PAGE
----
Suppose I'm not fussy enough, but the slide copying results I've gotten both with macro gear on the cameras and on the Canoscan 9000F have been pretty decent. What it comes down to, is I bought the dam' coolscan, so I need to get it working or "get it gone." Thanks for your input.
  10. Can certainly understand where you're coming from Sandy. If you wanted to cut your losses you could sell the film adaptors separately from the scanner and I think you'd come out pretty well. Not wanting another computer on my desk (or counter in this case) I ended up doing the following:


    The old G5 (bottom left) that is connected to the scanner is a behemoth but it sits on the floor next to the my wife's shredder and the dog food. ;) I stand so I don't need the leg room. It's on the same network as my iMac so I just use remote desktop from the iMac to do the scans and it dumps the files back on my iMac.

    The pic shows Nikon Scan running off the G5 and being displayed on the iMac. All very doable in the PC world as well if you want to jump through the hoops, - and it sounds like you may not.

    I don't need an extra monitor/keyboard/mouse with this setup but yes, it is more crap sitting around.

    Also possible would have been an old Mac Mini or an old laptop, either of which would take up less room. Finally, another option would be to do what you're considering, - sell the Nikon and go down a different path. I did try another scan last night to compare what I was getting from the Epson. In this one I could definitely see more detail but the colors didn't come out quite right. That's something that can be addressed after the scan of course.

    JDM - I did try Vuescan with my 8000 and wasn't particularly happy with it either.
    Last edited: Jun 7, 2017
  11. Sorry, Sandy. I though I was the only one never to have touched a Mac until last October. It's even easier to equip a PC with Firewire, given the caveats I offered above.
  12. Install a firewire card. Get a new hard drive. Swap the hard drive out and install Windows XP on the new drive. When you're done with the scanning swap the drive back and run your Windows 10.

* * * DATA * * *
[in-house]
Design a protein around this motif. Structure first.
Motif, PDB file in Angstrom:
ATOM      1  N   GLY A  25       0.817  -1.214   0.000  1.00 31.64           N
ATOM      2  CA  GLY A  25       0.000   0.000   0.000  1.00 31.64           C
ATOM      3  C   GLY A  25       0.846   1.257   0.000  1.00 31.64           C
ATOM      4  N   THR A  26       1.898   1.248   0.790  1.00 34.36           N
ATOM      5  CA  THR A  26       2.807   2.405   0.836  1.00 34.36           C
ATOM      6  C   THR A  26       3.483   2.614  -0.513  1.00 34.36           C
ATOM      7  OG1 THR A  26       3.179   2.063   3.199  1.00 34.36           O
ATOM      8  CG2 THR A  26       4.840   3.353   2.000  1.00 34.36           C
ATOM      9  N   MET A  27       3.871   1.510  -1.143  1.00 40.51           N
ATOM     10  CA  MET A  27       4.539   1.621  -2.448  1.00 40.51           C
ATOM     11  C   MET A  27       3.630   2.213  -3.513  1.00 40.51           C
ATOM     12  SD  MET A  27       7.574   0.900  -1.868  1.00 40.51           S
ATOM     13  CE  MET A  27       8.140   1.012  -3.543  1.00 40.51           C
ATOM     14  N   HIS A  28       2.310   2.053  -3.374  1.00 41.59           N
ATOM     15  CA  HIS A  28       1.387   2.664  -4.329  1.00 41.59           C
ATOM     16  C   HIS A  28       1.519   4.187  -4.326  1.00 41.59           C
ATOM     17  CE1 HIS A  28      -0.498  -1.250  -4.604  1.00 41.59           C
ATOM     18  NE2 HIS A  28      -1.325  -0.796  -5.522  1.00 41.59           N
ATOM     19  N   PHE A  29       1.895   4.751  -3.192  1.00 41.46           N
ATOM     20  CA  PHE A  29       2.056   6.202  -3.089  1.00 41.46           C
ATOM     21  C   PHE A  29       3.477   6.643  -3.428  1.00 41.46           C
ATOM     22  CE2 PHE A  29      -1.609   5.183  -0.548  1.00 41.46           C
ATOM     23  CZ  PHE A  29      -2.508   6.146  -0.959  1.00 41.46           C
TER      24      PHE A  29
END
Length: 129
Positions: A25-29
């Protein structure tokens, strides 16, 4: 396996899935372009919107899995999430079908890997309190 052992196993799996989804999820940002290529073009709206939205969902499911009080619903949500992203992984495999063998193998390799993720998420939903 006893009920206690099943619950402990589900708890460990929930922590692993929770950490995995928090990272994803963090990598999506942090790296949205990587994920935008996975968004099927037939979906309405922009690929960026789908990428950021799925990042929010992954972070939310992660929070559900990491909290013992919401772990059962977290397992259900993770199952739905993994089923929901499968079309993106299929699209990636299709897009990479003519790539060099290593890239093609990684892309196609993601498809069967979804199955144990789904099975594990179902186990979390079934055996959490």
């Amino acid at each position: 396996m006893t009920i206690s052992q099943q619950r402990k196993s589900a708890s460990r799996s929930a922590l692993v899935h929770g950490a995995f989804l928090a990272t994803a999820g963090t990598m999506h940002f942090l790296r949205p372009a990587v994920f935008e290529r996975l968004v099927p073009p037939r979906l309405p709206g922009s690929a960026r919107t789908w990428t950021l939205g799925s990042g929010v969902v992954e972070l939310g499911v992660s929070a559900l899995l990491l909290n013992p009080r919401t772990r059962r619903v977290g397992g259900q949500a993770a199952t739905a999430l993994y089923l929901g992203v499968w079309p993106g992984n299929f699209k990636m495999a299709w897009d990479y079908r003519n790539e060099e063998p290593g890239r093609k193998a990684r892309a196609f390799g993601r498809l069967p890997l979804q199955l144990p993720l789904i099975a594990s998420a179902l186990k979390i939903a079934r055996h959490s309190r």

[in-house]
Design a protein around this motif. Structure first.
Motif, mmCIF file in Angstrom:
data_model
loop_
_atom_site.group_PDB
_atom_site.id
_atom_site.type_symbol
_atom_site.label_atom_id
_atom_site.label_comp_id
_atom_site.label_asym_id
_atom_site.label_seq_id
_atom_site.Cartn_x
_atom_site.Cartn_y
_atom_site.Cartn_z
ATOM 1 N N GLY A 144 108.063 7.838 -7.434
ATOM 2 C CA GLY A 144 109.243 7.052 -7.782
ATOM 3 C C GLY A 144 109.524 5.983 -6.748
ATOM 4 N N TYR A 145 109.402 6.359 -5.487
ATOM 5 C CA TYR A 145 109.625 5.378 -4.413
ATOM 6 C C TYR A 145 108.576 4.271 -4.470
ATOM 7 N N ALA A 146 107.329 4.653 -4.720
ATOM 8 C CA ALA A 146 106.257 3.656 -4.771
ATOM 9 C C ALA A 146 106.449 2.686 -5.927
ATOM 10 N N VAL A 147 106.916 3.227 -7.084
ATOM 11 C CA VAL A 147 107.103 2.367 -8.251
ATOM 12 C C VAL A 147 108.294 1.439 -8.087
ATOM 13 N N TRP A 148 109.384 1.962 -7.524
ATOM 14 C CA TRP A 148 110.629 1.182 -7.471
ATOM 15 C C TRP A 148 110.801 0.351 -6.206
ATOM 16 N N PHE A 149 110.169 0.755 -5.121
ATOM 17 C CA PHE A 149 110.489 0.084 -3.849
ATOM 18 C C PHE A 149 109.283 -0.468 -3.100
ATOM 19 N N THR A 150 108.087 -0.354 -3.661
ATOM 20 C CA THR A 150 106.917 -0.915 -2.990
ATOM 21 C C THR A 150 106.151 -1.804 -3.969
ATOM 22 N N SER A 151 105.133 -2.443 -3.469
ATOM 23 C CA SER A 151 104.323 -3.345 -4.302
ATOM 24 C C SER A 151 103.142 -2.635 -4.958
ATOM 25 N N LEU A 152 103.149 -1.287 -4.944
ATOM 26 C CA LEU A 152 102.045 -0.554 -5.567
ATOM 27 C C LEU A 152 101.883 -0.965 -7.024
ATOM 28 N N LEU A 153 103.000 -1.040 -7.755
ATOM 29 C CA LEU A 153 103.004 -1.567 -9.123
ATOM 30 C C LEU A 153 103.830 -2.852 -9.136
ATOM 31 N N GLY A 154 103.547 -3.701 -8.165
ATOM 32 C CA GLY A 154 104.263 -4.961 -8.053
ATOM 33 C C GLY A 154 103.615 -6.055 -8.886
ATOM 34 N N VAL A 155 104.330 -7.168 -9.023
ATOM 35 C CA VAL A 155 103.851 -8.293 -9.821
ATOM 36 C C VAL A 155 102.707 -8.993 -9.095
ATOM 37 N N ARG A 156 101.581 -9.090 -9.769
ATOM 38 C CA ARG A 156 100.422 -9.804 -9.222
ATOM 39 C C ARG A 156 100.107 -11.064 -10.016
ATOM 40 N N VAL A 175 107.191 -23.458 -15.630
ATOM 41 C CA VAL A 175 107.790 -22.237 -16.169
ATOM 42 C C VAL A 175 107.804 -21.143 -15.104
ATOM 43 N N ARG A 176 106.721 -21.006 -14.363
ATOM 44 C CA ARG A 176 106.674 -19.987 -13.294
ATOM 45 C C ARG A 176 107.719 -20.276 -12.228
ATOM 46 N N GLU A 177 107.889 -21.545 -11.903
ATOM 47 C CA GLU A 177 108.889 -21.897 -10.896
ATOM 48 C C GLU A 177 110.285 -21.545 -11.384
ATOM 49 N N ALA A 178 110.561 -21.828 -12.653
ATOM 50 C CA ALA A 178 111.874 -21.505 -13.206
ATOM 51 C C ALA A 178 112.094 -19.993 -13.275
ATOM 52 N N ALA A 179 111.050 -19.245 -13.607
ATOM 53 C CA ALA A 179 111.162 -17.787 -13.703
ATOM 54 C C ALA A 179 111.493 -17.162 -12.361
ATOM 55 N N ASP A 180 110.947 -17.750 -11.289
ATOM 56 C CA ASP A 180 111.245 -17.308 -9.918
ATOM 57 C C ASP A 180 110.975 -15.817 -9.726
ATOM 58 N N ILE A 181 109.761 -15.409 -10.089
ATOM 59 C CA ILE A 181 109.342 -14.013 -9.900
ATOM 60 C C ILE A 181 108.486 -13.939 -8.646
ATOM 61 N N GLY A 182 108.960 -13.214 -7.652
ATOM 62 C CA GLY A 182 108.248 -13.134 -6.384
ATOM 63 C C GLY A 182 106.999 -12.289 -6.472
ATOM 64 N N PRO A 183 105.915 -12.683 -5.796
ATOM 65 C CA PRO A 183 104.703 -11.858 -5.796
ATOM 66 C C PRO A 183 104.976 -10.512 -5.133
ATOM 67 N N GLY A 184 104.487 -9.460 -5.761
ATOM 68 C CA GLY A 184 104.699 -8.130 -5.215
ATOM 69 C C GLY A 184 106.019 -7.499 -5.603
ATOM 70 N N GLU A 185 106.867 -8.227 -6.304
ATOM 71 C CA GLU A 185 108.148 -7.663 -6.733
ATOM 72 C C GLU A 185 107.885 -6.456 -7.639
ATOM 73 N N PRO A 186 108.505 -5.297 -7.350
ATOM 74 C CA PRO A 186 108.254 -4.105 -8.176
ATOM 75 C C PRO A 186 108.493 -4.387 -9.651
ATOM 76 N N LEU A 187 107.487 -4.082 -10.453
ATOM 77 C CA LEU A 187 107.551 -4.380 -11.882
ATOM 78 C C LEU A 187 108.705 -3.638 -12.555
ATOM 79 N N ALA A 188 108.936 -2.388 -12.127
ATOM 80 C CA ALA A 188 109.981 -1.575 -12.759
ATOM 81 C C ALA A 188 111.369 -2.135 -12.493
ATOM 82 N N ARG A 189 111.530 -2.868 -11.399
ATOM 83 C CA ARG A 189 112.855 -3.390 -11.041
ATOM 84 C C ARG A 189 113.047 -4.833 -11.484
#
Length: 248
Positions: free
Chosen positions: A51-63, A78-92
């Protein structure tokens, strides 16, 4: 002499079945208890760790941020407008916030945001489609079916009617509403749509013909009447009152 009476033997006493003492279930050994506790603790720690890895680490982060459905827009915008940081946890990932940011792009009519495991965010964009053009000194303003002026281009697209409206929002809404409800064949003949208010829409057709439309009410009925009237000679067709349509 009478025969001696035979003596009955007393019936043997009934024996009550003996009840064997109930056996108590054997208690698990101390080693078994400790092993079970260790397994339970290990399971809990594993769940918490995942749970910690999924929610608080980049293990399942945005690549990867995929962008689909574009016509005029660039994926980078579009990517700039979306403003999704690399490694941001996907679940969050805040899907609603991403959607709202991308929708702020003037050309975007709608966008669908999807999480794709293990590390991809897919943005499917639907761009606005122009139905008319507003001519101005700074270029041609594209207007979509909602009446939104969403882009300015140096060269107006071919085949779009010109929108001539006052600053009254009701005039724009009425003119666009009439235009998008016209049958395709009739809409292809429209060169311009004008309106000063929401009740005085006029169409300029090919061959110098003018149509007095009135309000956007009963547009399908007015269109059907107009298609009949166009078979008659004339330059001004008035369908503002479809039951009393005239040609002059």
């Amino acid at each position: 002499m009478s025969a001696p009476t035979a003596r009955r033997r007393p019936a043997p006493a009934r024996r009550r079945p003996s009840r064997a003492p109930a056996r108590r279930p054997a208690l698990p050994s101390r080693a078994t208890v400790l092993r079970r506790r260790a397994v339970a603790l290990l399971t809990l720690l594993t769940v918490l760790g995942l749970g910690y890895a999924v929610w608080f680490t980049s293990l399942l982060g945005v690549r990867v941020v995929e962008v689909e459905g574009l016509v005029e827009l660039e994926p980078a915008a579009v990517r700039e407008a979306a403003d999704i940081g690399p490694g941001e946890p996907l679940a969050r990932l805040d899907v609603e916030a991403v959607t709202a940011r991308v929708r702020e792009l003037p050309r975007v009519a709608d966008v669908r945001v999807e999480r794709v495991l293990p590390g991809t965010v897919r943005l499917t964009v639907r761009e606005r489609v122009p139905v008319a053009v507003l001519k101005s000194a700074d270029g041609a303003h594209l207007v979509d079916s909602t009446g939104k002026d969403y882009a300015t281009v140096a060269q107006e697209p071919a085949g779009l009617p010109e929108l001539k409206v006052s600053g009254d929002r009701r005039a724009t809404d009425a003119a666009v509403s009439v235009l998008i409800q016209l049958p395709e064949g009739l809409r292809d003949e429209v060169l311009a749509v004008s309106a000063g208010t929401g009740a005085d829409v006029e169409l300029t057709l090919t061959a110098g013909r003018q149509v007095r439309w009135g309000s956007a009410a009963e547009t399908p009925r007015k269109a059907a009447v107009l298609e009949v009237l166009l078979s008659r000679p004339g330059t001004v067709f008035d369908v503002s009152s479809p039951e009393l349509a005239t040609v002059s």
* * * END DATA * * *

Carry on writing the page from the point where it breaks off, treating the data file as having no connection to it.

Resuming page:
13. This sort of thing's always happening in industry/commerce. An upgrade of OS or hardware and it all goes t*ts up!

    The easiest solution is an old PC running an old OS that talks to the hardware & software nicely. If you don't load garbage like Office, I.E or anything much else by MS or Adobe on the computer it'll run sweetly and fairly swiftly. Once scanned you can plug in a portable drive to transfer the files to a more powerful computer to do the heavy lifting.

    BTW. I came across an interesting comparison between a Canon FS4000 scanner, a D800E slide copier setup and a drumscan. There was almost nothing to choose between the Canon dedicated filmscanner and the DSLR copy. Even the drumscan didn't show any more real detail.
    Last edited: Jun 7, 2017
  14. If you want to speed things up, there are cheap and plentiful 7450-based upgrades for your Yikes! that will make a noticeable difference. The 7450 series processors have on-die L2 cache and an external L3 cache interface. It's overall a more efficient packaging than the 7400 with external L2 cache that shipped in the Yikes!. I have a Sonnet 1ghz/1mb L3 in a G3 minitower, albeit this particular upgrade holds a premium still. The 700 and 800mhz versions are much more affordable. The G3 beige series, G3 blue and white, and Yikes! all use the same ZIF socket and with some caveats processor upgrades are interchangeable across all three models. In fact the Yikes! is more or less a G3 B&W without the firmware block that prevents it from booting with a G4 installed and also without the ADB port present on the B&W(the solder pads are there-the physical port just isn't).
  15. thanx ben.
  16. Long, long ago when I first got my Canoscan 4000, I tried USB.

    Like trying to pour molasses through a very tiny pipe.
    SCSI was faster, in fact the "fast" SCSI turned out to not be that much slower than the FireWire on my CoolScan 9000, to my grave disappointment.

    Mind you, the Nikon had its advantages, although whether they justify the great difference in initial price is another matter.
  17. To be fair to USB, back then is was USB 1.1 or something. Good for keyboards, mice, low-end printers, floppy drives and things like that. Not much else.

    SCSI was great if you liked stiff, thick cables, remembered to terminate, didn't have conflicting IDs in your chain, and didn't accidentally disconnect something while it was powered on. ;)
  18. "remembered to terminate"
    sounds like a Schwarzenegger movie, but only recently when I replaced my CanoScan 4000 (SCSI) with the Firewire CoolScan I took out the "Fast"SCSI card with an almost unbearable sense of newfound freedom.

    Scuzzy was the word. I piped over 60,000 images over that.And, yes, it was only USB 1:(

    Free, thank God almighty, free at last!
    SCSI no more, hallelujah.

    Any effort, by whatever method, IMHO, to scan a film* image at higher than 4000 PPI is only going to resolve the film grain or dye clouds better, not the image itself.

    *commercial film, that is. There were some technical films that may, note italics, have gone higher, but nothing you could get down at the local camera shop.
  19. Dare I ask how many boxes of slides like that you had?

    Makes my scanning needs seem pretty paltry in comparison.